In my last post I spoke about that american hero known as the Average G.I. Joe. We iconinize them. We lift them up as having done something that enables the rest of us to sleep better at night. And for the most part they should be. But there is another Joe that does not receive the glory he should. He is Average Joe. He is the man who for what ever reason has the heart of the warrior but never goes to war.
He serves his country in a way that is just as valuable. What would our country be like if the farmer got up and left his fields to go to war instead of harvest corn. What would our country be like if the assembly line worker went to war and did not build the planes our soldiers need. What would our towns look like if all of our fathers donned uniforms and bullet proof vests and went off to live and die in foreign lands. Who would father our children. Who would fix our cars. Who would keep the gears of industry moving? Equality does not mean it renders men unnecessary. And there are women warriors too.
But I write today of the one character in “The Pacific” who did not go to war. The young man with a heart murmur who feels as if he is letting his country down by not serving. We need people like him to serve at home. We need them to keep our economy moving. We need men serving in our towns as much as we need them protecting us in foreign lands.
There is no dishonor to serve your country by working hard and caring for your family. Too many people neglect what they should do for what they want to do. To go and serve your country for a time is honorable.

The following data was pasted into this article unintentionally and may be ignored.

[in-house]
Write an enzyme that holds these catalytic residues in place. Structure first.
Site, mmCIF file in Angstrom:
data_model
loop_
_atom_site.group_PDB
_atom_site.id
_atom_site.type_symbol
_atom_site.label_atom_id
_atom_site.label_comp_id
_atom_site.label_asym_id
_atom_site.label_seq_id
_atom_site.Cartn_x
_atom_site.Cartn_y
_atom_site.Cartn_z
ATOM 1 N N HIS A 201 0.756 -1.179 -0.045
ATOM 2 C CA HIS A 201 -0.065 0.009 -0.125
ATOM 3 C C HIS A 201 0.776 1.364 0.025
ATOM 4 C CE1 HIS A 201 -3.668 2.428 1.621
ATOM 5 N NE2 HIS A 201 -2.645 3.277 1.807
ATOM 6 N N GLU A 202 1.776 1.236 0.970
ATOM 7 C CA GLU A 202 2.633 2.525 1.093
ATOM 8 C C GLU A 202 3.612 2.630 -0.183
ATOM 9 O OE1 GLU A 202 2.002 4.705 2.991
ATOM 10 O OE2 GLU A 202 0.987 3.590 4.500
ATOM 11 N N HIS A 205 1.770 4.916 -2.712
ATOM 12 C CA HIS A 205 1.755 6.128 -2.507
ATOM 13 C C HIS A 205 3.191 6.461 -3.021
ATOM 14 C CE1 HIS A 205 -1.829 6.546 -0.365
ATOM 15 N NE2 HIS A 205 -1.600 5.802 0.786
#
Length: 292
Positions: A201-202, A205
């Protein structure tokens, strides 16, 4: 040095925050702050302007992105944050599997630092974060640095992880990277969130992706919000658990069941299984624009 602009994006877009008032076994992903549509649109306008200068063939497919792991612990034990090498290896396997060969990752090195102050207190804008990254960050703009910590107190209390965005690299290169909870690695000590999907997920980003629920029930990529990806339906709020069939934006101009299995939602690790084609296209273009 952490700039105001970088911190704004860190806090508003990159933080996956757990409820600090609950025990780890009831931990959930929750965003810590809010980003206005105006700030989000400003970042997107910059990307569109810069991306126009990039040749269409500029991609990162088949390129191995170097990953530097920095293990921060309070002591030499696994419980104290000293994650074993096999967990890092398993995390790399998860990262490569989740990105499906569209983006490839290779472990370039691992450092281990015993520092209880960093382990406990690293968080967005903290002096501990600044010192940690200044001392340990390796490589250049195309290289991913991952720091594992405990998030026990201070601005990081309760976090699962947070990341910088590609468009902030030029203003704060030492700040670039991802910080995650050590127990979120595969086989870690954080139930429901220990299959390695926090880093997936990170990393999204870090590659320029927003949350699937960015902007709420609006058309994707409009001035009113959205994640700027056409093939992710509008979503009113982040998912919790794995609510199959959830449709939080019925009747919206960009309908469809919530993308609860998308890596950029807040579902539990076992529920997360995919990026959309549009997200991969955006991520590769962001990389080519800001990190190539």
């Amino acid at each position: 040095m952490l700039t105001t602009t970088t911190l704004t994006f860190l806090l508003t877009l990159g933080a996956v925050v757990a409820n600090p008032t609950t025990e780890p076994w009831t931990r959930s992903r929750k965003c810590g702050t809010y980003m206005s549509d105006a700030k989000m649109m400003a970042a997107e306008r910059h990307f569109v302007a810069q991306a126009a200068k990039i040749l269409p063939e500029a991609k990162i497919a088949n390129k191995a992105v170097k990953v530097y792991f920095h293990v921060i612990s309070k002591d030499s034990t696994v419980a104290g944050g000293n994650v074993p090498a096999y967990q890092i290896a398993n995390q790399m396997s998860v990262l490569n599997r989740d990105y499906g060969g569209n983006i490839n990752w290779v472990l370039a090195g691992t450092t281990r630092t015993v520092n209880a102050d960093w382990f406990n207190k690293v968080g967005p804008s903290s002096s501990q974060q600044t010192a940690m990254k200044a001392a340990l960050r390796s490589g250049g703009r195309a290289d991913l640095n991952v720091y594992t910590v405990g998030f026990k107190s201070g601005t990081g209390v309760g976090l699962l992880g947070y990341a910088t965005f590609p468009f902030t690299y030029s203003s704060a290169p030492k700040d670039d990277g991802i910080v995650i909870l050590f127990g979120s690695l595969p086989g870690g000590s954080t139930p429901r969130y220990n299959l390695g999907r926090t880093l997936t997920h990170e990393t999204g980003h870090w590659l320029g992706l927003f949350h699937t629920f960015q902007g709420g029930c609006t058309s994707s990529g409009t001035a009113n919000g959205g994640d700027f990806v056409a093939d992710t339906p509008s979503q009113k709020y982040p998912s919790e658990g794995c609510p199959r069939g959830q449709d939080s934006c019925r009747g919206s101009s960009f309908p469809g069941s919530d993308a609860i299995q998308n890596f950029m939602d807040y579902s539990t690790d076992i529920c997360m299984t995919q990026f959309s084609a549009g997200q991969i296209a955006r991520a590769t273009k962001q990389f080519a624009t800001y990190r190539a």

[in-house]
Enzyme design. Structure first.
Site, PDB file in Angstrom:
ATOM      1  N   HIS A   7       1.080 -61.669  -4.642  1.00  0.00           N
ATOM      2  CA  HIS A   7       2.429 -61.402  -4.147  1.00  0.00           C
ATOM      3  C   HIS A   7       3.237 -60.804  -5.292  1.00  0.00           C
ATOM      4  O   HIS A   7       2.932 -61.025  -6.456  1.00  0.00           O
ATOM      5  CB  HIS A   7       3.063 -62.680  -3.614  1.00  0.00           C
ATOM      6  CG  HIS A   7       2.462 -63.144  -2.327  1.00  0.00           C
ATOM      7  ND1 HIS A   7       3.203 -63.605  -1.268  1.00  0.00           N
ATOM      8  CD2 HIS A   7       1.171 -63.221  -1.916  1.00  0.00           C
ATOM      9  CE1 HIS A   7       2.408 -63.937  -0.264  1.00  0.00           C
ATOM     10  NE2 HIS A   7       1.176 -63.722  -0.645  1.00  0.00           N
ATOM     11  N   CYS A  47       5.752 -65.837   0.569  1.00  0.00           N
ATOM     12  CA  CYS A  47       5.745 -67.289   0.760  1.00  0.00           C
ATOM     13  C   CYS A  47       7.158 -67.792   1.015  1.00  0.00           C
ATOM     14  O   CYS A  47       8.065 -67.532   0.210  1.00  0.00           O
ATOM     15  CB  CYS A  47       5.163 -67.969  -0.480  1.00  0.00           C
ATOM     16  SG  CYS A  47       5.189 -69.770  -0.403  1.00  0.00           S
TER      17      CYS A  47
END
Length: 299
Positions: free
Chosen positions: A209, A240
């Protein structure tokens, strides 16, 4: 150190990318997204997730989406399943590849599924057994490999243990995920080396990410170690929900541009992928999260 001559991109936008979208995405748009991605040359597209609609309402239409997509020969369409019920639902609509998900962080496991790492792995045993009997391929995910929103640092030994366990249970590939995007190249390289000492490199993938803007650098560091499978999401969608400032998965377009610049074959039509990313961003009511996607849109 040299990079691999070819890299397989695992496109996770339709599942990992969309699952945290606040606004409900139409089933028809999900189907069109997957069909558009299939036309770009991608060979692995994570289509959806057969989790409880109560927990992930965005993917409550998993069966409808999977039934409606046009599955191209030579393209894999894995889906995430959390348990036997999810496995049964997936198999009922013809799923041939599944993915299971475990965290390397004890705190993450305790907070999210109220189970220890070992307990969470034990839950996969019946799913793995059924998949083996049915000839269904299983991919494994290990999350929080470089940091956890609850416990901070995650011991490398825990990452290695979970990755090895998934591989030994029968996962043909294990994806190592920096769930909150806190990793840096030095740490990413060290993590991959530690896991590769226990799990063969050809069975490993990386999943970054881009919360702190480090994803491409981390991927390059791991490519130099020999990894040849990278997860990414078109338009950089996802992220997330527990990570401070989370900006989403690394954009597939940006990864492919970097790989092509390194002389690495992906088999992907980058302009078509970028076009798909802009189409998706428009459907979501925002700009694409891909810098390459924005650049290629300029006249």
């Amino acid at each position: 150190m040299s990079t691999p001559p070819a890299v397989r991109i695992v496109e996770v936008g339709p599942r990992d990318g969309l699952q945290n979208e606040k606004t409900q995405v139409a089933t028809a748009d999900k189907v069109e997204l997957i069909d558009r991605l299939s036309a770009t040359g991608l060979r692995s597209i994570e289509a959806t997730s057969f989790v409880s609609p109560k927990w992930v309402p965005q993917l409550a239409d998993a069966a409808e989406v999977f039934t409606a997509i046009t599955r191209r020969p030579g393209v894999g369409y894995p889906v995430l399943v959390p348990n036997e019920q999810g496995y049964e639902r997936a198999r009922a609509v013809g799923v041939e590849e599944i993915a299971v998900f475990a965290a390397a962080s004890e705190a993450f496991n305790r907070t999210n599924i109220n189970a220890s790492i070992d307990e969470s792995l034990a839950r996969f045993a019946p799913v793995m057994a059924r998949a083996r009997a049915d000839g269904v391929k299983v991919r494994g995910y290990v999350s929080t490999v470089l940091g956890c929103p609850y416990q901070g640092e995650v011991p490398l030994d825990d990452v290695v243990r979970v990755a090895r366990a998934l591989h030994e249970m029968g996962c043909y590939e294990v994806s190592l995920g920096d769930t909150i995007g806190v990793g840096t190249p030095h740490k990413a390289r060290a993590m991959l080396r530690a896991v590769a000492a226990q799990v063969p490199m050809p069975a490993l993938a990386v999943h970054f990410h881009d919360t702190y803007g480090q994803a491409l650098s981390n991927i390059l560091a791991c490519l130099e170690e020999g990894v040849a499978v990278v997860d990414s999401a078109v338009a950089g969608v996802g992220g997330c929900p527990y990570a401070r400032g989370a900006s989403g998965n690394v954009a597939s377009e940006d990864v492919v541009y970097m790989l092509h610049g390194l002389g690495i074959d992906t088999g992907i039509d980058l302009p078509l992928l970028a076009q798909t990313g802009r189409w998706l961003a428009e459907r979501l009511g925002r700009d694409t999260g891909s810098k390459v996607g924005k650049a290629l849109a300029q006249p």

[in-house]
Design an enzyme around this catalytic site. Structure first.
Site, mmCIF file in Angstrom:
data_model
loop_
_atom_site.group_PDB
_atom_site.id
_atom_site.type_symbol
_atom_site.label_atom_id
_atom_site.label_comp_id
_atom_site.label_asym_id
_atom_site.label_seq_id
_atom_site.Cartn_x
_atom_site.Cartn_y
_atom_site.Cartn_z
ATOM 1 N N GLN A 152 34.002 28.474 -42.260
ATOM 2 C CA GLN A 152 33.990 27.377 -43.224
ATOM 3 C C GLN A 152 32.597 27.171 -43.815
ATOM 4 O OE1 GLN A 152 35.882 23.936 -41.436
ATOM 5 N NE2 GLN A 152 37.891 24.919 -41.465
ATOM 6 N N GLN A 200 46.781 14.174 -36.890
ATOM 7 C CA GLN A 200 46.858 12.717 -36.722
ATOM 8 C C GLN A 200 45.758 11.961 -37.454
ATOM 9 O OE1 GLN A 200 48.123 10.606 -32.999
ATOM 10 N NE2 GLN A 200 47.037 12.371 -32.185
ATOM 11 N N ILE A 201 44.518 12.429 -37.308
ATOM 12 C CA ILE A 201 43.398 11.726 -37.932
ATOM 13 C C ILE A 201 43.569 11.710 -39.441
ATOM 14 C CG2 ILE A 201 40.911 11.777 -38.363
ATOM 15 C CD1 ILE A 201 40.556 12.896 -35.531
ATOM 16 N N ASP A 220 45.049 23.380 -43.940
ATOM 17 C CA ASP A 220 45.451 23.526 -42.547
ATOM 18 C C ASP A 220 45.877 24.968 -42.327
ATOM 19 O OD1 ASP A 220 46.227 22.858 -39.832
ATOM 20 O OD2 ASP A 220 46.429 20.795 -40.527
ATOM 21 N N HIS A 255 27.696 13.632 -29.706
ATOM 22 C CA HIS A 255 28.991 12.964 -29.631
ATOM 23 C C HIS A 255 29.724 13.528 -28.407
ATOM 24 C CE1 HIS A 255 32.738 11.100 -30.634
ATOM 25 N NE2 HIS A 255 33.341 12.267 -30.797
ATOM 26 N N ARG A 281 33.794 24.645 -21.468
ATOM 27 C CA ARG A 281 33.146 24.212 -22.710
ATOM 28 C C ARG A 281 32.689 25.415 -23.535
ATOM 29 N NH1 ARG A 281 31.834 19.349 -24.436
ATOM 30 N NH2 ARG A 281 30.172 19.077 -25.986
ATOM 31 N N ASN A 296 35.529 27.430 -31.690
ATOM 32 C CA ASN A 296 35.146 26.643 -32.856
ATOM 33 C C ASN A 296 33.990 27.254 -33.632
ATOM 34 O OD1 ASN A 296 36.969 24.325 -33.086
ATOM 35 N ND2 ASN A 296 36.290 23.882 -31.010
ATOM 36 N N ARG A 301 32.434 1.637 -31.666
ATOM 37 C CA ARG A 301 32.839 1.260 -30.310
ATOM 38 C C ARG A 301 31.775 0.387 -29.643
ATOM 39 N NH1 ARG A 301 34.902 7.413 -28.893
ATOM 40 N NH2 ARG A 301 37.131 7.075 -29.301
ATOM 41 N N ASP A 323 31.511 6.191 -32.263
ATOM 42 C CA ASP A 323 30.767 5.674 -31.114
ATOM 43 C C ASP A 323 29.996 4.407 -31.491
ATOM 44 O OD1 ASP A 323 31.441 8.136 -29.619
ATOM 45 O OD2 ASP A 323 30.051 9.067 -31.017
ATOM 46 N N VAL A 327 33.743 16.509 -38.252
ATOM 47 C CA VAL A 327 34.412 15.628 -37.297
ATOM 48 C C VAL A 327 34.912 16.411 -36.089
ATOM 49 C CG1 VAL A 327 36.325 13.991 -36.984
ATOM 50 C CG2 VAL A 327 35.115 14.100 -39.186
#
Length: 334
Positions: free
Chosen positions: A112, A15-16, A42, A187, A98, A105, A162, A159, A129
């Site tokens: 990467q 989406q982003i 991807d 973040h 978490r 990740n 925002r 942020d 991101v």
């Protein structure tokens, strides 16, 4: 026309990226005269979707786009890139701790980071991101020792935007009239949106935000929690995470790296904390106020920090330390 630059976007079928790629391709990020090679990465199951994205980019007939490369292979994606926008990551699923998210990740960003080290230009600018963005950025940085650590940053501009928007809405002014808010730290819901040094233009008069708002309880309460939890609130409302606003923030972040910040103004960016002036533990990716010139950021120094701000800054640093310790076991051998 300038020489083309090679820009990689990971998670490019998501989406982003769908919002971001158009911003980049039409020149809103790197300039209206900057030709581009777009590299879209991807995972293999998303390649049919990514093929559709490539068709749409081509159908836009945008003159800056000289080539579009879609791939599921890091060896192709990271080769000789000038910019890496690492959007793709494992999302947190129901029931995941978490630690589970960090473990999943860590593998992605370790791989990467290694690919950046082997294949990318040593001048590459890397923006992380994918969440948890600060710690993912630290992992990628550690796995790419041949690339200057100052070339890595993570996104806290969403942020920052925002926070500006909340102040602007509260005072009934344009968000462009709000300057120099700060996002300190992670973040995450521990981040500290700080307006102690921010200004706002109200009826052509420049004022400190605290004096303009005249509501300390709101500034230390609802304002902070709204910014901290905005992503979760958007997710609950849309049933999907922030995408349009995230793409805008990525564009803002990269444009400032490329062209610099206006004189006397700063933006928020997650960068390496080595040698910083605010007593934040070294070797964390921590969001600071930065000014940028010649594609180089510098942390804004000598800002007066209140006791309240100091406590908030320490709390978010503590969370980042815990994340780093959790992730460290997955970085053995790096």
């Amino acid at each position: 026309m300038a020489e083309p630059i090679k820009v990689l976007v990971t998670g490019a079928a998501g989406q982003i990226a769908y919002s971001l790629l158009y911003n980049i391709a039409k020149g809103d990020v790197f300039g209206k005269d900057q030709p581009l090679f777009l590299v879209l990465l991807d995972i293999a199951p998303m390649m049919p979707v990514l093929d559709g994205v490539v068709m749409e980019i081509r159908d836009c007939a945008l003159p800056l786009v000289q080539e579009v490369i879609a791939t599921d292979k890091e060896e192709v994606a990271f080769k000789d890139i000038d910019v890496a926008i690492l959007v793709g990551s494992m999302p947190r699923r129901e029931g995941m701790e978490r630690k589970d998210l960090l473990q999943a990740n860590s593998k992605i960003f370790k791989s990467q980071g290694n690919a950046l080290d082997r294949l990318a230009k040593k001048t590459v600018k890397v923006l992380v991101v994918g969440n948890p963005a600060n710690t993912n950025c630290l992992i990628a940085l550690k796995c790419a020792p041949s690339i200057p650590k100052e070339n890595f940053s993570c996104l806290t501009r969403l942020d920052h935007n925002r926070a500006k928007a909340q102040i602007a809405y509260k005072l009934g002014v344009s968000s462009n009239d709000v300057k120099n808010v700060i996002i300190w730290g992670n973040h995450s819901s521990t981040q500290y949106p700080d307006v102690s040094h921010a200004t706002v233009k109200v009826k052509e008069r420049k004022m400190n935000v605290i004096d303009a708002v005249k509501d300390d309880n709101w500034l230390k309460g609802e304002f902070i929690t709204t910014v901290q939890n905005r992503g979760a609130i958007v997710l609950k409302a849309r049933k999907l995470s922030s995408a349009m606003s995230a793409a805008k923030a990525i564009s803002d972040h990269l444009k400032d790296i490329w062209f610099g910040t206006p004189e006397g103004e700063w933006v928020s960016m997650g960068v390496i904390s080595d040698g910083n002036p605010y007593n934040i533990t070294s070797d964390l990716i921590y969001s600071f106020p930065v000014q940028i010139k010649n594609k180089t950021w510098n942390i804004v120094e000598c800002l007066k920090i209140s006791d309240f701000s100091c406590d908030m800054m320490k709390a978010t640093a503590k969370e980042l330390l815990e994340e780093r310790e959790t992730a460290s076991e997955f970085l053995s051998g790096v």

“The Hurt Locker” ended with the main character leaving his wife and baby son once again, because the only thing that made him feel alive was the thrill and rush of the danger of disarming bombs. It was the only thing that he loved. I thought he was a great fool. He left the adventure of raising his son for the thrill and the drug of battle. He is no better than the drug addict that leaves his child to seek out getting high on the streets. What greater reward is there than to raise your child and be there to craft and mold them along the way. What greater reward can there be then to see your child grow and laugh and play.
To serve because your are called to serve is to bring honor to your name. But service can be done at home as well as abroad. The Average Joe wakes up, puts on his boots and keeps americans wheels turning. He deserves great respect as much as the man who goes to battle. Thank you.